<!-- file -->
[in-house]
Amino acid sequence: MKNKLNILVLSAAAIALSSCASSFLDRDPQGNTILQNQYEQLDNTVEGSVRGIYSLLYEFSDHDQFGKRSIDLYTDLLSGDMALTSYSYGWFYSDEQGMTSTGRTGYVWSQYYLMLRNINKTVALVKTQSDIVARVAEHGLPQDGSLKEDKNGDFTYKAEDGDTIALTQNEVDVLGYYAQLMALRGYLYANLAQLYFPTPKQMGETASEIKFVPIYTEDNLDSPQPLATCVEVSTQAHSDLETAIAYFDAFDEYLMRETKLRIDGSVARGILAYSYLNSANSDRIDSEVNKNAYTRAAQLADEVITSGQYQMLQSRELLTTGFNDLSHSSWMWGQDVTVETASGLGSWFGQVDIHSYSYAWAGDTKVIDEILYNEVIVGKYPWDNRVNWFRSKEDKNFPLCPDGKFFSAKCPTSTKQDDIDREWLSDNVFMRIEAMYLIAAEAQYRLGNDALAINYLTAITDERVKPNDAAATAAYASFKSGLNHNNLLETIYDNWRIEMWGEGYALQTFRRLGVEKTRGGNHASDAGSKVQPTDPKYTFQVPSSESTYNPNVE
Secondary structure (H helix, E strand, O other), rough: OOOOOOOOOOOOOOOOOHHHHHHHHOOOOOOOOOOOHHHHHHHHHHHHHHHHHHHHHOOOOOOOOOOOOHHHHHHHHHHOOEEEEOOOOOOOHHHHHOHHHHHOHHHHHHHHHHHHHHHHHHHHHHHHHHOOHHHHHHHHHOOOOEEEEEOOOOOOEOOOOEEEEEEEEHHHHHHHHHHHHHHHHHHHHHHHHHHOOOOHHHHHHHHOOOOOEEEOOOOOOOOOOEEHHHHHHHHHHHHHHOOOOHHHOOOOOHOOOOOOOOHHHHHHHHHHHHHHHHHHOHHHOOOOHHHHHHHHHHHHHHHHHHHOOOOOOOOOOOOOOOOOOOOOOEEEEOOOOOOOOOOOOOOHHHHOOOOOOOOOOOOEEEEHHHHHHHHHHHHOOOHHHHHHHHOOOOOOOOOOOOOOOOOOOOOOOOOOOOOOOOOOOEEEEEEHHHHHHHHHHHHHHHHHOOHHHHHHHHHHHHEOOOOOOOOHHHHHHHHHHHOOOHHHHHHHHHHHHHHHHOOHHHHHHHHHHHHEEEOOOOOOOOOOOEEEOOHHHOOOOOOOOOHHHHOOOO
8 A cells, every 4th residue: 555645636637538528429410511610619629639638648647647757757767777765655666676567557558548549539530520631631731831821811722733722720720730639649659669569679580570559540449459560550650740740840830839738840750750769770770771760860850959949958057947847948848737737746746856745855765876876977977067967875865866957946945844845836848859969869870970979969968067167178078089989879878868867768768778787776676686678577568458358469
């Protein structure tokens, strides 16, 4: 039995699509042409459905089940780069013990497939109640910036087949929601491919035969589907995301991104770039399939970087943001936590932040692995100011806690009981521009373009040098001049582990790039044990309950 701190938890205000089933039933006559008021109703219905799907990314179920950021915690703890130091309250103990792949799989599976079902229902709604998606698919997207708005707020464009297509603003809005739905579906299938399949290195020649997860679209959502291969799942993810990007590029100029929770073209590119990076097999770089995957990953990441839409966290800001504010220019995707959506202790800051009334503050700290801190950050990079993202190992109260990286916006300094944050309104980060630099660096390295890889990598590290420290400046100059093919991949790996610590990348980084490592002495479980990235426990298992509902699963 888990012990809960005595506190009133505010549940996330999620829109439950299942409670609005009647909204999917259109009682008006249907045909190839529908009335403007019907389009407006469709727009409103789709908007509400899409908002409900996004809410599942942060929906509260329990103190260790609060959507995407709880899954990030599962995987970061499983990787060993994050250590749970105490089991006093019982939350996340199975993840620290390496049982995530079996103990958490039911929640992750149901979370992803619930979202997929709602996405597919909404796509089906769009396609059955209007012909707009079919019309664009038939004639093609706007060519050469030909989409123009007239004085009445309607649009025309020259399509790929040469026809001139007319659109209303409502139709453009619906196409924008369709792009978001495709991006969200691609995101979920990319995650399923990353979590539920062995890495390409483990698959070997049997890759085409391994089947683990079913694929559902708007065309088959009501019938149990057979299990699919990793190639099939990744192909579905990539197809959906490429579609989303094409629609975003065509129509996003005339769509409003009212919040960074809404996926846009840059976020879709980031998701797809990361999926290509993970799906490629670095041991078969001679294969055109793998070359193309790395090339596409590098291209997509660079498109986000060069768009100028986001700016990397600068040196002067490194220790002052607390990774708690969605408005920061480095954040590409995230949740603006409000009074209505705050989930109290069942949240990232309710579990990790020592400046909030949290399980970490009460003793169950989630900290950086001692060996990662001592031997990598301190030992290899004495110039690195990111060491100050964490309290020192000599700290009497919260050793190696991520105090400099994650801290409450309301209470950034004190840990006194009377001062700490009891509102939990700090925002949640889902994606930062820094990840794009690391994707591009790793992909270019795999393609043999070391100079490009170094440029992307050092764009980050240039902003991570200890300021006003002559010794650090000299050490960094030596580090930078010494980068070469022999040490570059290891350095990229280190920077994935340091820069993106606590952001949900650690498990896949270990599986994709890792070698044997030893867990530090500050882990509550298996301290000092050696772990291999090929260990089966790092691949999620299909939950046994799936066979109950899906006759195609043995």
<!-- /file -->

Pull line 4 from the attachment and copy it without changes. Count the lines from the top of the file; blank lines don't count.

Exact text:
8 A cells, every 4th residue: 555645636637538528429410511610619629639638648647647757757767777765655666676567557558548549539530520631631731831821811722733722720720730639649659669569679580570559540449459560550650740740840830839738840750750769770770771760860850959949958057947847948848737737746746856745855765876876977977067967875865866957946945844845836848859969869870970979969968067167178078089989879878868867768768778787776676686678577568458358469